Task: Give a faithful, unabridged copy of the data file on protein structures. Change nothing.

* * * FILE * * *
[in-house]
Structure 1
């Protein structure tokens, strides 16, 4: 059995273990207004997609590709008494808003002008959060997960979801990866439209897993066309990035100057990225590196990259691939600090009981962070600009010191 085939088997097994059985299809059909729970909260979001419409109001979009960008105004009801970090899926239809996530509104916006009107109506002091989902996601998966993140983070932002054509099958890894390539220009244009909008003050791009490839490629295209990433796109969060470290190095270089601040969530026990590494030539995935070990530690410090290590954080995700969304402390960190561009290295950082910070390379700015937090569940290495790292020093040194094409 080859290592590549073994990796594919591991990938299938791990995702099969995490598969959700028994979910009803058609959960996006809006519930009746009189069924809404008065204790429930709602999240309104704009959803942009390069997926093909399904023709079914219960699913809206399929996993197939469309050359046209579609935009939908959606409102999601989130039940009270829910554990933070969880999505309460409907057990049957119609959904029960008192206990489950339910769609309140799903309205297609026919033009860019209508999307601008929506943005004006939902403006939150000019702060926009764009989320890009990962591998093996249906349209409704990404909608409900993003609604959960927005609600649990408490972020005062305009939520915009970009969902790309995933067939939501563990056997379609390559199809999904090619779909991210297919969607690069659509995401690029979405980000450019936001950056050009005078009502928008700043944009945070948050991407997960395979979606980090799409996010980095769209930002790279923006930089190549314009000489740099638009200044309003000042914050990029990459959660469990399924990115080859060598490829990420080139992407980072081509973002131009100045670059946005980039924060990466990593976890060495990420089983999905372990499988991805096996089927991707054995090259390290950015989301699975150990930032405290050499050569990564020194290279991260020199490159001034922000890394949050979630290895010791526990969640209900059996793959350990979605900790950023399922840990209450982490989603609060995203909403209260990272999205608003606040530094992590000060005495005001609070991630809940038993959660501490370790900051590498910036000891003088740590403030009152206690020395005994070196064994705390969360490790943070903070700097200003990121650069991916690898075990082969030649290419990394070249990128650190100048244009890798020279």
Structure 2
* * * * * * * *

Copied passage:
[in-house]
Structure 1
């Protein structure tokens, strides 16, 4: 059995273990207004997609590709008494808003002008959060997960979801990866439209897993066309990035100057990225590196990259691939600090009981962070600009010191 085939088997097994059985299809059909729970909260979001419409109001979009960008105004009801970090899926239809996530509104916006009107109506002091989902996601998966993140983070932002054509099958890894390539220009244009909008003050791009490839490629295209990433796109969060470290190095270089601040969530026990590494030539995935070990530690410090290590954080995700969304402390960190561009290295950082910070390379700015937090569940290495790292020093040194094409 080859290592590549073994990796594919591991990938299938791990995702099969995490598969959700028994979910009803058609959960996006809006519930009746009189069924809404008065204790429930709602999240309104704009959803942009390069997926093909399904023709079914219960699913809206399929996993197939469309050359046209579609935009939908959606409102999601989130039940009270829910554990933070969880999505309460409907057990049957119609959904029960008192206990489950339910769609309140799903309205297609026919033009860019209508999307601008929506943005004006939902403006939150000019702060926009764009989320890009990962591998093996249906349209409704990404909608409900993003609604959960927005609600649990408490972020005062305009939520915009970009969902790309995933067939939501563990056997379609390559199809999904090619779909991210297919969607690069659509995401690029979405980000450019936001950056050009005078009502928008700043944009945070948050991407997960395979979606980090799409996010980095769209930002790279923006930089190549314009000489740099638009200044309003000042914050990029990459959660469990399924990115080859060598490829990420080139992407980072081509973002131009100045670059946005980039924060990466990593976890060495990420089983999905372990499988991805096996089927991707054995090259390290950015989301699975150990930032405290050499050569990564020194290279991260020199490159001034922000890394949050979630290895010791526990969640209900059996793959350990979605900790950023399922840990209450982490989603609060995203909403209260990272999205608003606040530094992590000060005495005001609070991630809940038993959660501490370790900051590498910036000891003088740590403030009152206690020395005994070196064994705390969360490790943070903070700097200003990121650069991916690898075990082969030649290419990394070249990128650190100048244009890798020279």
Structure 2